Several families suffered tragic losses this past weekend when a helicopter flying from the Tri Cities Airport in Endicott crashed in Wyoming County, Pennsylvania, killing all five people aboard.
Police told the news media that it was a pilot, a father and a daughter, and a father and a son that were killed. They were busy notifying families Monday and did not reveal the victims’ identities.
The crash is a sad reminder of the dangers these small aircraft face. Last fall, a NYSEG employee and a helicopter pilot were killed in Corning while the NYSEG employee was inspecting power lines.
And Monday afternoon, WETM-TV reported that a single-engine charter plane had an indicator light on as it approached the Elmira Corning Regional Airport in Big Flats, but fortunately, as fire crews stood by it landed safely.
Small aircraft like single-engine planes are more prone to accidents than the bigger jets, often because of dangerous conditions they encounter that bigger craft may be able to withstand. Privately owned airplanes may also see less thorough maintenance than the big air carriers, who have teams of mechanics and rigorous standards.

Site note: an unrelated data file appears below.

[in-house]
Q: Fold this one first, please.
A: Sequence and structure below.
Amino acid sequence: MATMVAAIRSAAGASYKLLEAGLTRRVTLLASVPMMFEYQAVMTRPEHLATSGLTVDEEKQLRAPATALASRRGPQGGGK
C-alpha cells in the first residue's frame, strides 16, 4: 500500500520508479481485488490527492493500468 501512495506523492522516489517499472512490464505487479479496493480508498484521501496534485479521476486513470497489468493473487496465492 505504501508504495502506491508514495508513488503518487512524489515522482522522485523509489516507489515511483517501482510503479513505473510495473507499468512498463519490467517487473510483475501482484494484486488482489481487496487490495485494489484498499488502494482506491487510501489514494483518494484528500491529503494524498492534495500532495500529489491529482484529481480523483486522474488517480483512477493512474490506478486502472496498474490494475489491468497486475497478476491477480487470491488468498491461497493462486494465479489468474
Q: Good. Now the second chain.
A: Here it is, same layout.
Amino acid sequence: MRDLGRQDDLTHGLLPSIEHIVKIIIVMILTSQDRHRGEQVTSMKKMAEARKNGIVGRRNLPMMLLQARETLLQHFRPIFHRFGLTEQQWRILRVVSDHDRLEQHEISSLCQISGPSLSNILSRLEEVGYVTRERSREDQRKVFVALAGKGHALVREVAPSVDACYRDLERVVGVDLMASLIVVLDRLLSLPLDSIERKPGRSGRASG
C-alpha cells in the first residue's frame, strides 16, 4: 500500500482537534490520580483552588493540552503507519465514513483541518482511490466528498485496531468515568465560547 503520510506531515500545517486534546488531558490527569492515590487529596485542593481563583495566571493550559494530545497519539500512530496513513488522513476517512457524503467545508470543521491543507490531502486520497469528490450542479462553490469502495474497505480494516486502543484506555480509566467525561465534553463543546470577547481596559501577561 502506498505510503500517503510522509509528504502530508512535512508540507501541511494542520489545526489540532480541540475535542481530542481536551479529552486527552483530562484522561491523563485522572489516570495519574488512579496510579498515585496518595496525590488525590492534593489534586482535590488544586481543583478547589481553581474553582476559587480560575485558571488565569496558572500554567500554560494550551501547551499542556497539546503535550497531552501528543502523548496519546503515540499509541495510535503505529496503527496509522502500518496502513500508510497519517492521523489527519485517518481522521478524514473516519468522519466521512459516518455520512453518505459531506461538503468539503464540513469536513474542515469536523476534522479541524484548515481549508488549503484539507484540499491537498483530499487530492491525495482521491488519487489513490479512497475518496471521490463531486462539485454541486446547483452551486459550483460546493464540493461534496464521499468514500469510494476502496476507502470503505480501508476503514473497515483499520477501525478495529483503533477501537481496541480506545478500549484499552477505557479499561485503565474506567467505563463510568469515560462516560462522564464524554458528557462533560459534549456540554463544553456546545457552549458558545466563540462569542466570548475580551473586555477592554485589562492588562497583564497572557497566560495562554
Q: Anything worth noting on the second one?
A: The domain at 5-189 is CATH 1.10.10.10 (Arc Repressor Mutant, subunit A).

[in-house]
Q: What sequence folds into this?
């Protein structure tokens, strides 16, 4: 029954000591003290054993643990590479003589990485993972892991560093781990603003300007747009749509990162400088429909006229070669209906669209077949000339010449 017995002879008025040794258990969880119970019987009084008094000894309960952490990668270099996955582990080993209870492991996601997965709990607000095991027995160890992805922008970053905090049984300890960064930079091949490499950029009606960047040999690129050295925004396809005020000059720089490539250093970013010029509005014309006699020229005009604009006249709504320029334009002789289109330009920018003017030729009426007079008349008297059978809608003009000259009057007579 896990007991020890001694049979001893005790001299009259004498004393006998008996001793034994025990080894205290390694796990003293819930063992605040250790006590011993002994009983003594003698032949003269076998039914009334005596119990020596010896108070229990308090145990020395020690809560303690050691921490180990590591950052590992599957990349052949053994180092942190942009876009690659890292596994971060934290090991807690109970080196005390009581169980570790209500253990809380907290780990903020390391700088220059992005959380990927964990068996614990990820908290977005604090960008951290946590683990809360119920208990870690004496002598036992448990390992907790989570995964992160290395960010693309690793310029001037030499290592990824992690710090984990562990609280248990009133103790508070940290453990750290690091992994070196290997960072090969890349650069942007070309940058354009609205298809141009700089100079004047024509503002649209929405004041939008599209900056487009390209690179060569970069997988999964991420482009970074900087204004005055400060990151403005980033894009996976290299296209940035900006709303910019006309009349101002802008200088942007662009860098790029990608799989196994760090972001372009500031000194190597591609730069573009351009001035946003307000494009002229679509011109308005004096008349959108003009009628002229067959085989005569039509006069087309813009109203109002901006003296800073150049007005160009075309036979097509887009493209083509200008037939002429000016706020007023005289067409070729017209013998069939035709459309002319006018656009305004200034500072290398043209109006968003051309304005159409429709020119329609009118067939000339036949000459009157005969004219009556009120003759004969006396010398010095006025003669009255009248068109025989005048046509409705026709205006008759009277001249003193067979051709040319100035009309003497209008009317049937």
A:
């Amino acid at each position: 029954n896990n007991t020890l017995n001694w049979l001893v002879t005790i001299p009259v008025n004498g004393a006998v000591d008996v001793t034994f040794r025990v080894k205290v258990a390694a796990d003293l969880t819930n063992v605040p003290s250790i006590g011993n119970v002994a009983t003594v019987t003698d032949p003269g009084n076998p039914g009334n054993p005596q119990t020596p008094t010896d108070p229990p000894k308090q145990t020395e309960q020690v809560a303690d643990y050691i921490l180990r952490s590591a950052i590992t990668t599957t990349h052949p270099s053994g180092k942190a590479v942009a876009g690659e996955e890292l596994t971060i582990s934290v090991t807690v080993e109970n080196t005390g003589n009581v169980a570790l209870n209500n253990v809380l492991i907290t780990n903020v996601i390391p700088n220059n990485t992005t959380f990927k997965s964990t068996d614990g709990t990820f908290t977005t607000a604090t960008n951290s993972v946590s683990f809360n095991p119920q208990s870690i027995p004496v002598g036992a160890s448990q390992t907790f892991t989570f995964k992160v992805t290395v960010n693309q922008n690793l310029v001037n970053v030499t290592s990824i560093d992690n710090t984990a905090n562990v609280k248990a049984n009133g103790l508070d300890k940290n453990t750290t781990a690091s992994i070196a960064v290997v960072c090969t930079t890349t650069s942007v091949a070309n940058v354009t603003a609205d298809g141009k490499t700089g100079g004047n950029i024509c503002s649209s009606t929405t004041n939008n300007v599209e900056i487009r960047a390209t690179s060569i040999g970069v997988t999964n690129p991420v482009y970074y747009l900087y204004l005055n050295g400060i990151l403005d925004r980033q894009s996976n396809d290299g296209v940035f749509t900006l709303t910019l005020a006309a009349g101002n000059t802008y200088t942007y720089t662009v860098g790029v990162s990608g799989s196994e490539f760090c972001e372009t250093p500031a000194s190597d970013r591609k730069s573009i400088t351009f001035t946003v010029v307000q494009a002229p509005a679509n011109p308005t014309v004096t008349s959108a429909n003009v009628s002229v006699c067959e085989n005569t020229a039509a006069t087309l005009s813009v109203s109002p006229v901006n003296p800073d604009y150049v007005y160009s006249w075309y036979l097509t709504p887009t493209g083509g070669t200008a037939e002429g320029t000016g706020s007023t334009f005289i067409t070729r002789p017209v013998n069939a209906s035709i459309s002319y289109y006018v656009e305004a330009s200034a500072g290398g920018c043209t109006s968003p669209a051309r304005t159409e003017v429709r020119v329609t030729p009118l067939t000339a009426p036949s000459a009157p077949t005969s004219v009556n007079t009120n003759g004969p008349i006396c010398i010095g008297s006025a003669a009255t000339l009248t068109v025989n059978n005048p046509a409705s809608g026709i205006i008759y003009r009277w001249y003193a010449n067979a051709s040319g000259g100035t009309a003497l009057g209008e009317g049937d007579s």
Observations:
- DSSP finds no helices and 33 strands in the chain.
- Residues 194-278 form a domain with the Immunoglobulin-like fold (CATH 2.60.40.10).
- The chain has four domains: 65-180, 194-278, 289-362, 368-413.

The dangers of helicopters, especially medical helicopters, are well-documented. Helihub.com, which compiles U.S. helicopter crash statistics, said in 2012 there were 133 fatal accidents that killed 420 people, with the military accounting for 50 accidents and 246 deaths.
In the helicopter that crashed Saturday night near a wind farm in rural Noxen, PA, the pilot reported he was losing altitude just before he crashed. The NTSB is investigating and not saying much about what happened.
The R66 Turbine helicopter seats four passengers and a pilot, according to its manufacturer, Robinson Helicopter Co. of Torrance, California.
There were reports of severe thunderstorms in the area Saturday night, but it’s not clear yet whether they were a factor in the crash, the news reports said.
The authorities were contacting family members in Leesburg, Va.; Ellicott City, Md.; and Kintnersville, Pa., the news media reported, so it’s unclear whether there is any connection to the Twin Tiers beyond a refueling stop.
The helicopter was heading for an airport in Lehighton, PA, between Wilkes-Barre and Allentown, authorities said.
Our thoughts and prayers are with the families of those killed Saturday night.
Thanks for reading.